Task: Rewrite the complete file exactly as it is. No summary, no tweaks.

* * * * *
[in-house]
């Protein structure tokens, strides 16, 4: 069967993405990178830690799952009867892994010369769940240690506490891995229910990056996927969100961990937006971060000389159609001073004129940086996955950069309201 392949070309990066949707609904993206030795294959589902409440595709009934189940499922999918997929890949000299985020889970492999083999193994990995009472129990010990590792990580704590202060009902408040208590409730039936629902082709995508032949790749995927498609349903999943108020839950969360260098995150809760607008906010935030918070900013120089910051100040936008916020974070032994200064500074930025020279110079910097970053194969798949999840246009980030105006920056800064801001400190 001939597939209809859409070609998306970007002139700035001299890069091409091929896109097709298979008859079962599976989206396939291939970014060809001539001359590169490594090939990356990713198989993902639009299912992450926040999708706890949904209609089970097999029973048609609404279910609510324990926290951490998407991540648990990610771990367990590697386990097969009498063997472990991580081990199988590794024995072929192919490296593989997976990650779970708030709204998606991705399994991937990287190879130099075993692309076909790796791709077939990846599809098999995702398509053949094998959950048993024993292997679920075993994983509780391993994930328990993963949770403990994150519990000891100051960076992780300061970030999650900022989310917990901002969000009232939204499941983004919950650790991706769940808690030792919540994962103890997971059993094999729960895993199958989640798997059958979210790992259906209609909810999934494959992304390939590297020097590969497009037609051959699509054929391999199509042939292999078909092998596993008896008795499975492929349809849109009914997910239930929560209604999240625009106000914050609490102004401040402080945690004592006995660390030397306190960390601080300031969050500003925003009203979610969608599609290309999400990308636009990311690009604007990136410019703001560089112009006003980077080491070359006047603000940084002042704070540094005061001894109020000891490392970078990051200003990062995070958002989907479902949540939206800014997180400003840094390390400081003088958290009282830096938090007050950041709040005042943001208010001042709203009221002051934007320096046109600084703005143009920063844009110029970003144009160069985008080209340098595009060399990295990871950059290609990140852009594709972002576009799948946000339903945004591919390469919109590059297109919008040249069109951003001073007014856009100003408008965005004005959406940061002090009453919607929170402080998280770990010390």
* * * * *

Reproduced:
[in-house]
């Protein structure tokens, strides 16, 4: 069967993405990178830690799952009867892994010369769940240690506490891995229910990056996927969100961990937006971060000389159609001073004129940086996955950069309201 392949070309990066949707609904993206030795294959589902409440595709009934189940499922999918997929890949000299985020889970492999083999193994990995009472129990010990590792990580704590202060009902408040208590409730039936629902082709995508032949790749995927498609349903999943108020839950969360260098995150809760607008906010935030918070900013120089910051100040936008916020974070032994200064500074930025020279110079910097970053194969798949999840246009980030105006920056800064801001400190 001939597939209809859409070609998306970007002139700035001299890069091409091929896109097709298979008859079962599976989206396939291939970014060809001539001359590169490594090939990356990713198989993902639009299912992450926040999708706890949904209609089970097999029973048609609404279910609510324990926290951490998407991540648990990610771990367990590697386990097969009498063997472990991580081990199988590794024995072929192919490296593989997976990650779970708030709204998606991705399994991937990287190879130099075993692309076909790796791709077939990846599809098999995702398509053949094998959950048993024993292997679920075993994983509780391993994930328990993963949770403990994150519990000891100051960076992780300061970030999650900022989310917990901002969000009232939204499941983004919950650790991706769940808690030792919540994962103890997971059993094999729960895993199958989640798997059958979210790992259906209609909810999934494959992304390939590297020097590969497009037609051959699509054929391999199509042939292999078909092998596993008896008795499975492929349809849109009914997910239930929560209604999240625009106000914050609490102004401040402080945690004592006995660390030397306190960390601080300031969050500003925003009203979610969608599609290309999400990308636009990311690009604007990136410019703001560089112009006003980077080491070359006047603000940084002042704070540094005061001894109020000891490392970078990051200003990062995070958002989907479902949540939206800014997180400003840094390390400081003088958290009282830096938090007050950041709040005042943001208010001042709203009221002051934007320096046109600084703005143009920063844009110029970003144009160069985008080209340098595009060399990295990871950059290609990140852009594709972002576009799948946000339903945004591919390469919109590059297109919008040249069109951003001073007014856009100003408008965005004005959406940061002090009453919607929170402080998280770990010390």